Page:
|Date(s):||January 1, 1870 to December 31, 1870|
|Tag(s):||Civil War, Reconstruction, Acts|
|Course:||“U.S. Civil War and Reconstruction,” Richard Bland College|
This letter is from the Secretary of State in 1870, to the Governor of Virginia, officially readmitting the state back into the Union. This comes at about five years after the end of the Civil War. Virginia, of course, leaving during 1861 to join and run the Confederate States of America, Richmond being the capital of the Confederate States. After the Confederacy lost, the whole United States had a long road to get things back to normal. Part of getting back to a sense of normalcy, is bringing the nation back together as it was before the war.
Some time after the war, there were Acts of Reconstruction put into place to bring back that sense of normal. These acts had certain requirements set in place in order to bring a state back into the Union. These states needed to ratify the 14th amendment which states: “All persons born or naturalized in the United States and subject to the jurisdiction thereof, are citizens of the United States and of the State wherein they reside. No State shall make or enforce any law which shall abridge the privileges or immunities of citizens of the United States; nor shall any State deprive any person of life, liberty, or property, without due process of law; nor deny to any person within its jurisdiction the equal protection of the laws.” The state also needed to rewrite a new State Constitution and have it approved by the federal government. All Four Acts are as follows: Each district was to be headed by a military official empowered to appoint and remove state officials, Voters were to be registered; all freedmen were to be included as well as those white men who took an extended loyalty oath, State constitutional conventions, comprising elected delegates, were to draft new governing documents providing for black male suffrage, States were required to ratify the 14th Amendment prior to readmission.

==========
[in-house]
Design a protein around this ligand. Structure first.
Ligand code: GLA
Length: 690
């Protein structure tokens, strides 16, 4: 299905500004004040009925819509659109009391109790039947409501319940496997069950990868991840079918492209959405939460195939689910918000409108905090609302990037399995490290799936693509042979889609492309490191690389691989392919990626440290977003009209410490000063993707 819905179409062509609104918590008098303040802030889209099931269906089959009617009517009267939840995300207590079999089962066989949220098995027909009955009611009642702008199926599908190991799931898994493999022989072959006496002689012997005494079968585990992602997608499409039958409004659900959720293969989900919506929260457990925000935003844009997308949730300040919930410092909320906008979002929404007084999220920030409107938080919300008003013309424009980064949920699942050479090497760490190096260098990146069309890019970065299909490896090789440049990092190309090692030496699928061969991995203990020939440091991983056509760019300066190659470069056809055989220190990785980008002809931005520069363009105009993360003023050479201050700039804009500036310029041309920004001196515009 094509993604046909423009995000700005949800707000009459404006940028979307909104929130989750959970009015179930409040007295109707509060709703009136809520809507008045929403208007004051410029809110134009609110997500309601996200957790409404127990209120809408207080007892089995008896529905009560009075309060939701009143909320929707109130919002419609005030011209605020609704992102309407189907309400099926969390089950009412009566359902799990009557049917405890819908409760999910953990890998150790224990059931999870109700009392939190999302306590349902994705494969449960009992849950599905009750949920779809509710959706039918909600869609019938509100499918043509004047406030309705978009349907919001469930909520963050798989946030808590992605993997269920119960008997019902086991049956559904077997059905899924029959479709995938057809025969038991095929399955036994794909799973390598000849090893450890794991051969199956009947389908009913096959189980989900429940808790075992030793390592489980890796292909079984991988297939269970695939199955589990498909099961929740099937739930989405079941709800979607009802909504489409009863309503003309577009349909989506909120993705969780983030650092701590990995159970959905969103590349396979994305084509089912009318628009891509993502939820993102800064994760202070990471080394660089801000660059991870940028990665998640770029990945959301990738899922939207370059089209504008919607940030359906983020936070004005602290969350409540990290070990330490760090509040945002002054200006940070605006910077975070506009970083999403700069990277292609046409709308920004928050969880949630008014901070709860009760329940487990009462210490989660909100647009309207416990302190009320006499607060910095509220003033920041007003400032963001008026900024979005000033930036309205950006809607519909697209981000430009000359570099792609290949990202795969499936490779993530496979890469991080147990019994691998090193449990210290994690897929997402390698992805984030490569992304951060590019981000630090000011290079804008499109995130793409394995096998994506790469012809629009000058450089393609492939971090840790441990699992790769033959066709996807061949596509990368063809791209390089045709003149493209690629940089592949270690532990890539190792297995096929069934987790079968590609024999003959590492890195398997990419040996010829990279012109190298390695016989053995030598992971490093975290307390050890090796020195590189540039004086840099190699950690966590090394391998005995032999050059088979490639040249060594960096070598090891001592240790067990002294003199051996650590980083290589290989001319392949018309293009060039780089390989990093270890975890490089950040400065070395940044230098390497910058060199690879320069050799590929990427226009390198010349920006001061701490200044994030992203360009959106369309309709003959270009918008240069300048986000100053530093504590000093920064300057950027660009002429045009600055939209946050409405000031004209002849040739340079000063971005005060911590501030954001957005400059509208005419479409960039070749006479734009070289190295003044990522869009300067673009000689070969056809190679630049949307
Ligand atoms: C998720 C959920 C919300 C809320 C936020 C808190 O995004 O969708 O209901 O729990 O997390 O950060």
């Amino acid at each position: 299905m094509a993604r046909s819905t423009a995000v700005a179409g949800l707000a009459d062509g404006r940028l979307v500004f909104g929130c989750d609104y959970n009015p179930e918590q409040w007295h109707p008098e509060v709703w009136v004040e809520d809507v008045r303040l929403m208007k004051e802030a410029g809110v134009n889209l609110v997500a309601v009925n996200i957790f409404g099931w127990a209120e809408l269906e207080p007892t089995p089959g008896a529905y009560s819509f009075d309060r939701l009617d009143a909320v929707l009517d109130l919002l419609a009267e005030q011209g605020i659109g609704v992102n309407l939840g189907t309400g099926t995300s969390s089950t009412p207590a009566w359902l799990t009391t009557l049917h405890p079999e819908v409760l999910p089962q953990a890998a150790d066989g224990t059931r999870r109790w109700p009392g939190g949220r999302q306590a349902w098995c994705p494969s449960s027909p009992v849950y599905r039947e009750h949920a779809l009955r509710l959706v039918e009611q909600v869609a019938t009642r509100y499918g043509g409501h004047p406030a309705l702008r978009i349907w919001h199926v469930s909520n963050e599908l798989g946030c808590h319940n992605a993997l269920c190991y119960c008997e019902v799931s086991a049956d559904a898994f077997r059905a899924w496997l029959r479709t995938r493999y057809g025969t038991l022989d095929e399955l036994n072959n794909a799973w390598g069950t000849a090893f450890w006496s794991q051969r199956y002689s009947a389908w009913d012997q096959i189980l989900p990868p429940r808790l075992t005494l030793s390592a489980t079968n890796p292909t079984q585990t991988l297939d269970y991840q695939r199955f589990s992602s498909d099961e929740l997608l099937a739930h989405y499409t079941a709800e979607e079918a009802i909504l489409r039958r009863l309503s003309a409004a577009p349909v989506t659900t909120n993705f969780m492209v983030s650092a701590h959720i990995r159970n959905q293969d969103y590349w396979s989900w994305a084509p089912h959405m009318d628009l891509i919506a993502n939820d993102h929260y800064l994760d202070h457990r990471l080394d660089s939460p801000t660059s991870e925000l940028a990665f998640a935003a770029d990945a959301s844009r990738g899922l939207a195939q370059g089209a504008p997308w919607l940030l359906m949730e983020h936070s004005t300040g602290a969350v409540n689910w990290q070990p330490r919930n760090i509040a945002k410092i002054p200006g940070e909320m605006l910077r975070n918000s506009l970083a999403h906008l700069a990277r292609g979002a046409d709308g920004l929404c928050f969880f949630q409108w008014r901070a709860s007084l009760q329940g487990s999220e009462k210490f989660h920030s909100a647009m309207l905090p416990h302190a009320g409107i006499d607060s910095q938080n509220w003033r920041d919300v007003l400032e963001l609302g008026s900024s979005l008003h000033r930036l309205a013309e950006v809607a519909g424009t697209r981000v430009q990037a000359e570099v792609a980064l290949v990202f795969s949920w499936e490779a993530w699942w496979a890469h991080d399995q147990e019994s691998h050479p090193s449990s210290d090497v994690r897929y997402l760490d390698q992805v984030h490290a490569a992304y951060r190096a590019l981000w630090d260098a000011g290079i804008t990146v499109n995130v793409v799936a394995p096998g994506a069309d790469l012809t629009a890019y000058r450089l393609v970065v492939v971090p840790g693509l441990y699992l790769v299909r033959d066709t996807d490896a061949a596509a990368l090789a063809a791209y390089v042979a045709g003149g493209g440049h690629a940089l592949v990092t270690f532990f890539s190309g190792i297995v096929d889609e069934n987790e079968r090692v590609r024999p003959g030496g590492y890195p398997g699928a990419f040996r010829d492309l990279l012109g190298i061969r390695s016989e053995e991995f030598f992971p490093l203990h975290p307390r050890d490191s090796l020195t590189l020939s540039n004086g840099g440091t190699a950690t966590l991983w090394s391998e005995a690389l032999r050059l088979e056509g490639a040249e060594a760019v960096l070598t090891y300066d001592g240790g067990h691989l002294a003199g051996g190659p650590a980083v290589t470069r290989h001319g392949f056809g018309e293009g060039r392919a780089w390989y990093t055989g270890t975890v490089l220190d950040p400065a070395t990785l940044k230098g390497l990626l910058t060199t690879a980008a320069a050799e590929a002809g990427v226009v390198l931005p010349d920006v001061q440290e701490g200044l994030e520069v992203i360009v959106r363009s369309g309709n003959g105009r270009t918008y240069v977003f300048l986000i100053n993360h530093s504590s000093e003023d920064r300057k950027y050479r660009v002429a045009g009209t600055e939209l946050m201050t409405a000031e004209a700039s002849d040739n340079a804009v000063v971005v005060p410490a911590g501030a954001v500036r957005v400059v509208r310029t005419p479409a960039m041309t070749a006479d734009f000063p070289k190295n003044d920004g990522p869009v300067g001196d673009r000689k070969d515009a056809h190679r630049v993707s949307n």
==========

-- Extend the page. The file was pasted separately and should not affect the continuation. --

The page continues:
All the states were approved by 1870. The president at this time, Andrew Johnson, was highly against these Acts. He felt it would soon rekindle the fire of aggression if the South went through with these changes. Even though he vetoed it multiple times, congress pushed through and passed all four of the Acts.
This proved to be a trying time during the aftermath of the Civil War. It took the length of the war itself to put the nation back into order. Even today, the effects of this are still felt and many people still do not quite agree on the outcome of the war itself.